Remembering the Rev. Lester Stone
|By Neal McNamara|
Activism, worship and science fictionOn a day that brought news of the death of a friend and spiritual leader, former Lansing Police chief Mark Alley could still manage a smile.
He remembered a time at the end of a service at Friendship Baptist Church when the Rev. Lester Stone did something slightly uncharacteristic: As the congregation began singing a final song, Stone cut them off.
“He was not a huge singer,” Alley said. “He would listen and you could tell he was moved by the music — but in terms of leading and singing, it wasn’t something he normally did.”
From Alley’s jolly recounting of the event, it is hard not to picture Stone, like a temperamental conductor, cutting off the congregation from the pulpit.
“We were singing and he stopped us, and got the microphone and basically said, ‘You’re not singing this right! With his booming voice … “ Alley said, breaking into a full laugh.
Stone, a local leader of social justice and civil rights causes, died Wednesday at 58. He had led Friendship Baptist since 1982.
Alley first came to know Stone around 1999. Alley was incoming chief around the time that Edward Swans, a homeless black man, died in a Lansing city jail cell. Stone led a “march for justice” to raise awareness about the incident — and in doing so, Alley said, Stone helped change the police department.
Deadly force policies were changed, there was more training of officers at the city jail, and video cameras were added to monitor detainees. And after it all, Stone and Alley became friends, and continued to advise each other about community issues. For five years, Alley has been attending services at Friendship Baptist twice per month.
“I loved his sermons; he gave sermons like few others,” Alley said.
Alley retired from the Police Department last month, and the last time he saw Stone was at his retirement party on March 11. When Alley’s father died, Stone made the trip to St. Clair and spoke at the funeral. Stone did so well, Alley said, that he planned on the pastor overseeing his own funeral.
“He was just a very special person to me,” Alley said.
Various media reports eulogize Stone’s many efforts in Lansing: He was part of a successful movement to rename Logan Street to Martin Luther King Jr. Boulevard; he supported embattled former Ingham County Judge Beverly Nettles-Nickerson; and, in 2001, he unsuccessfully ran for a seat on the Lansing City Council.
Rita Bunton, a member of Friendship Baptist since shortly after Stone arrived there, remarked that he helped many more. If you needed help, she said, Stone would go to your job, he would come to your house, he would visit you in jail.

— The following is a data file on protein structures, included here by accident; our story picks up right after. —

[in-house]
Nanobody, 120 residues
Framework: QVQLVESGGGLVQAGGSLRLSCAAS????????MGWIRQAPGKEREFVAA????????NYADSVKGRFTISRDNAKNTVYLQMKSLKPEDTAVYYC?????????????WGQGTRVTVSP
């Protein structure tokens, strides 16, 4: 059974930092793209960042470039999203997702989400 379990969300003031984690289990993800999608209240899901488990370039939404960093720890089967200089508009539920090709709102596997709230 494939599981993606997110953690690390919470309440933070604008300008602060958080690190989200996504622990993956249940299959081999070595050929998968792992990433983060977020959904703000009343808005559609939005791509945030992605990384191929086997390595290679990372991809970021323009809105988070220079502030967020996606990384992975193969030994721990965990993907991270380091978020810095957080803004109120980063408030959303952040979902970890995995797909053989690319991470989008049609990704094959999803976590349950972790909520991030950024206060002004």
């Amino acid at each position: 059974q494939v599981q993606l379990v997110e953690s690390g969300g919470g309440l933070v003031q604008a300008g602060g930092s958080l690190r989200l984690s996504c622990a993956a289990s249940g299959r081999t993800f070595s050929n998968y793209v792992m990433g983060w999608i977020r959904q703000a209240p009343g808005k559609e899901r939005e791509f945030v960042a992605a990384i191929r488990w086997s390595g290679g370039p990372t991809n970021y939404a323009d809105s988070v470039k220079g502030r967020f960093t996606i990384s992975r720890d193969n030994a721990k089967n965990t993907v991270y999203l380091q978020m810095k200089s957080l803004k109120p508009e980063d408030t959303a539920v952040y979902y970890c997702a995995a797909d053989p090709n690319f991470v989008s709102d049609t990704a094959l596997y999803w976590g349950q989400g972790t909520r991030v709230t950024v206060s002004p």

“He was really just a stand-up guy,” she said.
The last time Bunton saw Stone was on Monday. He had gone to the hospital on Saturday in debilitating pain, missing this past Sunday’s worship service. (The cause of death has not been announced.) Stone was happy, sitting up in bed, and she and other visitors had ribbed Stone about how he was watching videos about insects. But when the two were alone, he asked her to pray for him.
“I’ve never heard him ask anyone to pray for him. And so I did,” she said. “When I got done, he said, ‘that was a beautiful prayer, sister Bunton,’ and he said, ‘I love you.’ That was the last time I saw him alive.”
Bunton found out that her pastor, who she came to after hearing that he had a voice like Martin Luther King Jr., had already died when she tried to call him on Wednesday — she said they spoke to each other everyday. Stone’s son, Lester Jr., answered.
“I said, ‘where’s Rev. Stone?’ He said, ‘he’s gone.’ He said, ‘My dad just died,” Bunton said. “It would not compute.”
Bunton has been a strong supporter of Stone’s. In the last few years, the church has been torn in half over control of Friendship Baptist’s affairs. Police have had to monitor recent Sunday services held at 7 a.m. by a group opposed to Stone. City Pulse covered such a service several weeks ago, witnessing Stone speak out against the alternative church within Friendship Baptist. Standing in the pulpit, his microphone cut off, he spoke ferociously, eyes wide, trying to stop the alternative service. After the service ended, talking to a reporter, Stone was calm, reserved and polite, though quite clear that he did not want the church’s affairs written about in the newspaper.
Through the tumult, Bunton said, he only wanted to show love and compassion to his detractors.
But, like Alley, Bunton could remember something about Stone that made her smile. She never understood it, but he loved science fiction. Anything that had to do with the genre, he would go and see it. And sometimes, science fiction, which can be as allegorical as the Bible, would make its way into his sermons.
“He would say, ‘there are powerful spiritual messages in it,’” she said. “He taught us so much, and he taught not by what he said, but the way he lived.”